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Dustless | Volume 5 | The Dwellings [ii]

The sun is hot, and the fields are wide.
I walk, head bowed, towards my village.
The path is hard, the earth is dry.
There is dust on the road, but no horses.
I am thirsty, but the well is far away.
The plains stretch on towards the horizon,
where my way goes.
This is all there is –
and all there is, they say,
fits in a hawk’s eye.

All places, it is said among the Pure, are places of TanZo. Yet, if you are not Pure, what might you think of a place?

For a civilised person, the Endless Plains are famously empty. The air is polluted, the climate extreme – ferociously hot in summer, gnawingly cold in winter.

A civilised person, in a civilised place, may enjoy many aspects of life, but for those condemned for a time to dwell in the Endless Plains, life may well dwindle down to one master wish, a single, essential aim: survival.

A RoMayZine general once looked down at the pitiful remnants of a barbarian force, taken prisoner near the BisMarian Mountains. “They have survived – but what has survived?” he said.

“A human being plots a course between the animals and the angels”, an old ZirCong philosopher once said. And in a SurGaKu amendment: “A human being is a contract between an animal and an angel”.

What might happen, should that ‘contract’ be broken? What might a human being then become?


Cradle, hearth and towers gone,
the road will be our home for now,
for now, tomorrow, the years to come,
the years to come our lives to pass,
to pass bearing our heavy load

we are born and die upon the road
our whole lives upon the road

So, traveller, as you ride the road,
ride the road, look down and see,
see the work that we have done,
have done to make your journey free:
free, we lay down our bodies’ load

we are born and die upon the road
our whole lives upon the road

We worked that you could travel free.
Your road is made of our bodies.
Look down as you ride on home.
Your way is made from our bones.
From ourselves is your road made.
All people are people of the Way.
All people are people of the Way…

The tanzo-vaccara road gangs hold a special place in the culture of O. Roads — tanzo — are seen as physical manifestations of TanZo, the pure Way. The empire is vast, and keeping the way open — often in remote regions, with hostile climate and terrain — is considered a task that combines sacred duty with harsh, unremitting, physical labour.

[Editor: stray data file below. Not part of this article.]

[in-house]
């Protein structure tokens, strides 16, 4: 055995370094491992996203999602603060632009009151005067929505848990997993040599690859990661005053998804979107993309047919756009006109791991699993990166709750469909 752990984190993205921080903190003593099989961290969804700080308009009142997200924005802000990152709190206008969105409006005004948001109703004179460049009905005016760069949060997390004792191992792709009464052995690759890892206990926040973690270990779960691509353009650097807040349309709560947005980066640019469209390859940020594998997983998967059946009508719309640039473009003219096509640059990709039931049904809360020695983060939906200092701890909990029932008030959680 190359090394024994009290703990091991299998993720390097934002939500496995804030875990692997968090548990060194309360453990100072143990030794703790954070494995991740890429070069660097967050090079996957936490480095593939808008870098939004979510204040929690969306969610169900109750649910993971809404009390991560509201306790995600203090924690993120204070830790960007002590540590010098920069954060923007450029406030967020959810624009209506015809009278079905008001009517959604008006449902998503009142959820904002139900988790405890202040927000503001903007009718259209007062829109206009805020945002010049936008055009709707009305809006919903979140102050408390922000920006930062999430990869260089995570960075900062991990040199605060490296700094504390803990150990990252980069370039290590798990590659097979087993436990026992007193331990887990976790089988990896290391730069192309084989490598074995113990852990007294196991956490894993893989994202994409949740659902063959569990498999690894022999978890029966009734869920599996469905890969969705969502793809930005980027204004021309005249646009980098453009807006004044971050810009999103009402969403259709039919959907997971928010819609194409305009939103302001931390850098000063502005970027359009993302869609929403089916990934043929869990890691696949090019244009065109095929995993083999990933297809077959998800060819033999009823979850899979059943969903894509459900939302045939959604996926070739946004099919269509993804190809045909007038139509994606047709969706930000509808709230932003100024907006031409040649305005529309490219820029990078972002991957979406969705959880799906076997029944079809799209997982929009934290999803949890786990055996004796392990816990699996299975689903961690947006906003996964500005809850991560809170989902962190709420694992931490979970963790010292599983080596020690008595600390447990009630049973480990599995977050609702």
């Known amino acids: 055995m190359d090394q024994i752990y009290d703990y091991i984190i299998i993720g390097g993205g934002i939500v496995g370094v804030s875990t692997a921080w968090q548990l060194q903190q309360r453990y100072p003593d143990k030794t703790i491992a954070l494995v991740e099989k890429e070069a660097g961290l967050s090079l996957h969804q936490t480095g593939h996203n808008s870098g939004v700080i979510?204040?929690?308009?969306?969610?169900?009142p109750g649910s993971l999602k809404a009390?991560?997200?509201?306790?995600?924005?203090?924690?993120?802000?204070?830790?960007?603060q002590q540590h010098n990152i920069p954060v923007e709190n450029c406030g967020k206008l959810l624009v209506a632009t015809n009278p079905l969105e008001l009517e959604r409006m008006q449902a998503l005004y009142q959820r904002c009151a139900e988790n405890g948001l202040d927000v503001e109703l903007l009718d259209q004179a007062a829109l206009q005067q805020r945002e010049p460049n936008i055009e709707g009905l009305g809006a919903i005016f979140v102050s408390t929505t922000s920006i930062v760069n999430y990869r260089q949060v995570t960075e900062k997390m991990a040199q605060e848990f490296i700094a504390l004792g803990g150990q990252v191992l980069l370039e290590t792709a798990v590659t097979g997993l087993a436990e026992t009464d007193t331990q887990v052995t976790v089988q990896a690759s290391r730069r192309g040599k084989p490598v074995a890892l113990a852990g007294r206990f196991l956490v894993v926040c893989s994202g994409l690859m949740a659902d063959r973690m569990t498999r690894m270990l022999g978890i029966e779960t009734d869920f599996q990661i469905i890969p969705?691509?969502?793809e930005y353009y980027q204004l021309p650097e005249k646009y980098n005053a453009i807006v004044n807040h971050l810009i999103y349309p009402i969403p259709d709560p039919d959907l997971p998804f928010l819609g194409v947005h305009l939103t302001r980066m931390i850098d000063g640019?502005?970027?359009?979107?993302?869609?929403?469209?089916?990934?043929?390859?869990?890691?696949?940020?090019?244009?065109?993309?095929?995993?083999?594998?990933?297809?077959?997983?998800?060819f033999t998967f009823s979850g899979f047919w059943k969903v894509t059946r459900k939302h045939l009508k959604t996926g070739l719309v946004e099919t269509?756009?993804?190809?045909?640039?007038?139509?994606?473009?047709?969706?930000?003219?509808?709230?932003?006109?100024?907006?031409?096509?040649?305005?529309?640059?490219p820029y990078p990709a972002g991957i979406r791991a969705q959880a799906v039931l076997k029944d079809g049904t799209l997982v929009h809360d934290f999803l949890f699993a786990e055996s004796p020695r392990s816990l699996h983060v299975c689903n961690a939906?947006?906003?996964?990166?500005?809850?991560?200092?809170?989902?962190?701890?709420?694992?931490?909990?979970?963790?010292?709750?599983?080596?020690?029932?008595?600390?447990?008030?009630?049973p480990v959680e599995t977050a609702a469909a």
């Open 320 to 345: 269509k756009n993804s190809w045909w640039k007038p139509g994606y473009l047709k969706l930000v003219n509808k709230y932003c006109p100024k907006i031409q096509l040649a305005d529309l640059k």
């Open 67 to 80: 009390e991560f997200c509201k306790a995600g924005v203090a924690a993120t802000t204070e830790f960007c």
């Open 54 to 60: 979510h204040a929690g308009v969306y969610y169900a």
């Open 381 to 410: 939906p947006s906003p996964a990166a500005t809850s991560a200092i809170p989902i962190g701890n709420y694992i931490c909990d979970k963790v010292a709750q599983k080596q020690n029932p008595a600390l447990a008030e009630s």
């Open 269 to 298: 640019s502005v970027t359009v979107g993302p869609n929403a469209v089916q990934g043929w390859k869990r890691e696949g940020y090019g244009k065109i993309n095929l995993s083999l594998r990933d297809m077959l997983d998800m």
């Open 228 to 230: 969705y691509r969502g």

Over the centuries, the members of the tanzo-vaccara have become an enclosed, semi-religious group of people — predominantly men, but with a sprinkling of women, too. Their numbers include ex-convicts, returned from exile, who consider their sentences insufficient penalty for the crimes they’ve committed. They see in the hard work and difficult conditions of the life of the vaccara a form of expiation. Sometimes, too, people following the Way join the vaccara for a certain set period, and use the time in the community to train their bodies and spirits to respect and transcend the world of matter: for these people, the vaccara is a kind of endless pilgrimage.

The core of the vaccara is formed by people who devote their entire life to the repair and maintenance of the empire’s roads. In come cases, they literally work themselves to death.


River, river, take your time.
In winter, skates and flocks of geese;
and in summer, dragonflies.
Armies ride by the riverside,
armies rise and armies fail;
and lovers walk by the riverside,
mothers with sons, and merchants to sail
down to the city with white wool in bails,
the old with their troubles,
the young with their pride —
but the river does not care
whose figures flicker in the water there,
flicker and are gone:
the river flows on.

River, river, take your time.
In spring, pussy willow and tinkers with knives,
and in autumn, dun oak leaves.
Nobles ride by the riverside,
greatness in bright show of gold;
and beggars trudge by the riverside,
fathers with daughters, and monks who hold
a  treasure of emptiness in their hollow bowls,
the sick with their boils,
the contented with lies —
but the river does not care
whose figures flicker in the water there,
flicker and are gone:
the river flows on.

River, river, take your time.
The singer with songs, the poet with rhymes;
the toothless with laughter, the children with tears:
but the river does not hear
whose voices call by the water there,
call and are gone:
the river flows on.

The river flows on.

Dustless is one of the longest novels ever written, and creates a densely imagined world, and a society with a richly realised culture.

This song comes from Volume 20, The Lover in the Snow [v]. The resonance of the song is amplified by the context in which it is sung: on a pleasure barge, in the mist of a cold winter’s day, on the Siloso — the circular river, in the capital city, Shar.

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Dustless | Volume 1

Dustless | Volume 1 is approximately 20 pp./a5

status | published 11 02 2013

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ASIN (Amazon Standard Identification Number) | B00BEZL4ZU